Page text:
But company management for the first time has taken a concerted effort to export the brand into emerging markets throughout the globe. Brazil and India top the list, with nine properties and more than 1,400 rooms under development, Buckley said.
The development team created special prototypes to better meet traveler profiles in each country. The first property in India will open during 2013. The first in Brazil will begin welcoming guests a year later.
Buckley said Marriott continues to evaluate other opportunities for expansion, particularly countries in Central and South America.
“There is a huge demand and need for quality and moderate-tier product,” she said.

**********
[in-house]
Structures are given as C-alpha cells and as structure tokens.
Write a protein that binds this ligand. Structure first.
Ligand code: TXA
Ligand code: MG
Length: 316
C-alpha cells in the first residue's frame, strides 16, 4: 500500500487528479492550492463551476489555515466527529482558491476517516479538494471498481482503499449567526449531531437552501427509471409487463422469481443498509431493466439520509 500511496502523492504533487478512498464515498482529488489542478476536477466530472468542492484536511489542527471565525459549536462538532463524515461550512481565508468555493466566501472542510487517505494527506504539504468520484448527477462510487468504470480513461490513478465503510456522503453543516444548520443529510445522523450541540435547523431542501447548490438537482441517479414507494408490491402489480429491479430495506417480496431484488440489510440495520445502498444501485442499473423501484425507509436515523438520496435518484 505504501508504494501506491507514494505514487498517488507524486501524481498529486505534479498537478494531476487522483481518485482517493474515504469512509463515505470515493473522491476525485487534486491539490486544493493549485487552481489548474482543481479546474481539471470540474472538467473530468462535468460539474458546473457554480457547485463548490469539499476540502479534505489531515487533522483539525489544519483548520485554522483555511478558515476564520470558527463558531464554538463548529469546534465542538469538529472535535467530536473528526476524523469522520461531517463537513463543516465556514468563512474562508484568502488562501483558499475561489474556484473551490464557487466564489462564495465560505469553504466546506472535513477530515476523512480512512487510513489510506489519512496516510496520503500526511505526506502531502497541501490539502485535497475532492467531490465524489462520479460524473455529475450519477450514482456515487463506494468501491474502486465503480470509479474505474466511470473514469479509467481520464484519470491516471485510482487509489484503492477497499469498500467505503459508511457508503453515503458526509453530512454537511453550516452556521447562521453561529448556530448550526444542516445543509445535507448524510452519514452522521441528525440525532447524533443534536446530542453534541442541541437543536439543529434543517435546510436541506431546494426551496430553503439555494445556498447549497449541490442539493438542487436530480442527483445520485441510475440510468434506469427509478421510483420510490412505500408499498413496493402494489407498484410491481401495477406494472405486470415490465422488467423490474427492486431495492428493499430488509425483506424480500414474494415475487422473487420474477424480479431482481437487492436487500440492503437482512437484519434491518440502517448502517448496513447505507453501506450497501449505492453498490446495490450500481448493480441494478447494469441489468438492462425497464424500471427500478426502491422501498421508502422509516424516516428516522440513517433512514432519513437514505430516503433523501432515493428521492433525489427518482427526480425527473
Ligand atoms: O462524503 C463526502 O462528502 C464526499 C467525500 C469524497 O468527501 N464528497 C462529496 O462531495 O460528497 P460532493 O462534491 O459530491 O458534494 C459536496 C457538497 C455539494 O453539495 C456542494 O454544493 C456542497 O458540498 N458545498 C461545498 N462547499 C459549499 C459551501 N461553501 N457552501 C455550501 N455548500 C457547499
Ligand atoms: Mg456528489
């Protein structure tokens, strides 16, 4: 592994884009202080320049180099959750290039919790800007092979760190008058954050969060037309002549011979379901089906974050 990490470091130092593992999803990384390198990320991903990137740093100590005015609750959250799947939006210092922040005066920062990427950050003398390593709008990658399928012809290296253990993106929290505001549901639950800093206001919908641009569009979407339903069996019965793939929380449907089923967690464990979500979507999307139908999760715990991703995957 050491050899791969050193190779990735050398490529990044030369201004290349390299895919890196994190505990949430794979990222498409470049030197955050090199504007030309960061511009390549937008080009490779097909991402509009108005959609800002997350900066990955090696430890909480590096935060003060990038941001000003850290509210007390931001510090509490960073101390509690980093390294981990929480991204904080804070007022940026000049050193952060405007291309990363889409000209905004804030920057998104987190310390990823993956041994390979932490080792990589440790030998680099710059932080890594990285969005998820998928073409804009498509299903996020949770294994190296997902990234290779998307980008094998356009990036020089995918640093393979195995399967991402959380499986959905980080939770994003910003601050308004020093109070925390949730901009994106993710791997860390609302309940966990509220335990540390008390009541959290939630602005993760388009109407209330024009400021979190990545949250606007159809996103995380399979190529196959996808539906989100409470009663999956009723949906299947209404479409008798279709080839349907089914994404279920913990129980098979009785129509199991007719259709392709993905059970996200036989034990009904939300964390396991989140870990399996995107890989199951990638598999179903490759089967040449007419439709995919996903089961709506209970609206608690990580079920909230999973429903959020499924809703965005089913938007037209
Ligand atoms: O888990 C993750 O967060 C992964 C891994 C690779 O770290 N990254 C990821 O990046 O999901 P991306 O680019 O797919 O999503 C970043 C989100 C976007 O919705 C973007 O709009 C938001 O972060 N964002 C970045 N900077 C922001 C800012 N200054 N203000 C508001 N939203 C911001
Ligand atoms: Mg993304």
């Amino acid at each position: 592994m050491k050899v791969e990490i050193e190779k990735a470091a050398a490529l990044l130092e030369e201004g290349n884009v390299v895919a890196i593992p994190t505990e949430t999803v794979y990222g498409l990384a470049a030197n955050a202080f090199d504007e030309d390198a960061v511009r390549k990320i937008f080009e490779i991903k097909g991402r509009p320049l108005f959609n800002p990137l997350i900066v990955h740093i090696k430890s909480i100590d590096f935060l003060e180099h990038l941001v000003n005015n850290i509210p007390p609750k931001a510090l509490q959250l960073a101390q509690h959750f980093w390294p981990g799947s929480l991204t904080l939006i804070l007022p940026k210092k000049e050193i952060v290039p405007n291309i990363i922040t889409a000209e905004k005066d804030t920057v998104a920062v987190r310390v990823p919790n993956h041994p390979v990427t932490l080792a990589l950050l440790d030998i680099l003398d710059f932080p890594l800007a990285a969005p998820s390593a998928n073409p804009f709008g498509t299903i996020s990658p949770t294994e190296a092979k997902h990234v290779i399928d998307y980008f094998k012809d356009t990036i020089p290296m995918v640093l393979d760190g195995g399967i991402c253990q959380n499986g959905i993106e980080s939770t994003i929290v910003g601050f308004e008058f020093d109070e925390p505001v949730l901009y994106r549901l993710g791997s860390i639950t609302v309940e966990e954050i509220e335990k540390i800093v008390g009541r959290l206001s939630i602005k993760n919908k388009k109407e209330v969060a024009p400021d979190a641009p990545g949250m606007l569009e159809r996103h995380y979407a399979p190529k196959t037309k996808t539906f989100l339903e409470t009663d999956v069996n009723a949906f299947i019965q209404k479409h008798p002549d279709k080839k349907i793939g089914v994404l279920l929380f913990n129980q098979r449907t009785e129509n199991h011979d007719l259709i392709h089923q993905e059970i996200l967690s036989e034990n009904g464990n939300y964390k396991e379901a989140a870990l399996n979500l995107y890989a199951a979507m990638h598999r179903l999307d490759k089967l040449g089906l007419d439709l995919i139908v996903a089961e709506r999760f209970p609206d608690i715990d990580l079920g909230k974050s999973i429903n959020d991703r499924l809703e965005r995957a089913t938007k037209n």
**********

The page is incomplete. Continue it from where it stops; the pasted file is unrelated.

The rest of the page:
But expanding the Fairfield footprint is only one of the goals. Developing properties in these key, emerging markets will also drive demand in the U.S., which is seeing an influx of travelers from the likes of Brazil and India.
“It helps build brand awareness as those people travel to the U.S.,” Buckley said.
Fairfield for a new generation
Perhaps the most notable change for Fairfield comes in the form of the brand’s new fourth generation prototype.
Featuring brighter colors and a more functional design, the prototype is designed to better address the top three priorities of business travelers: a great work space, a great bath experience and storage solutions that work.
To meet the first need, Fairfield’s management team built a flexible work space with a rolling desk and chair, brighter lighting, more outlets and an ergonomic chair.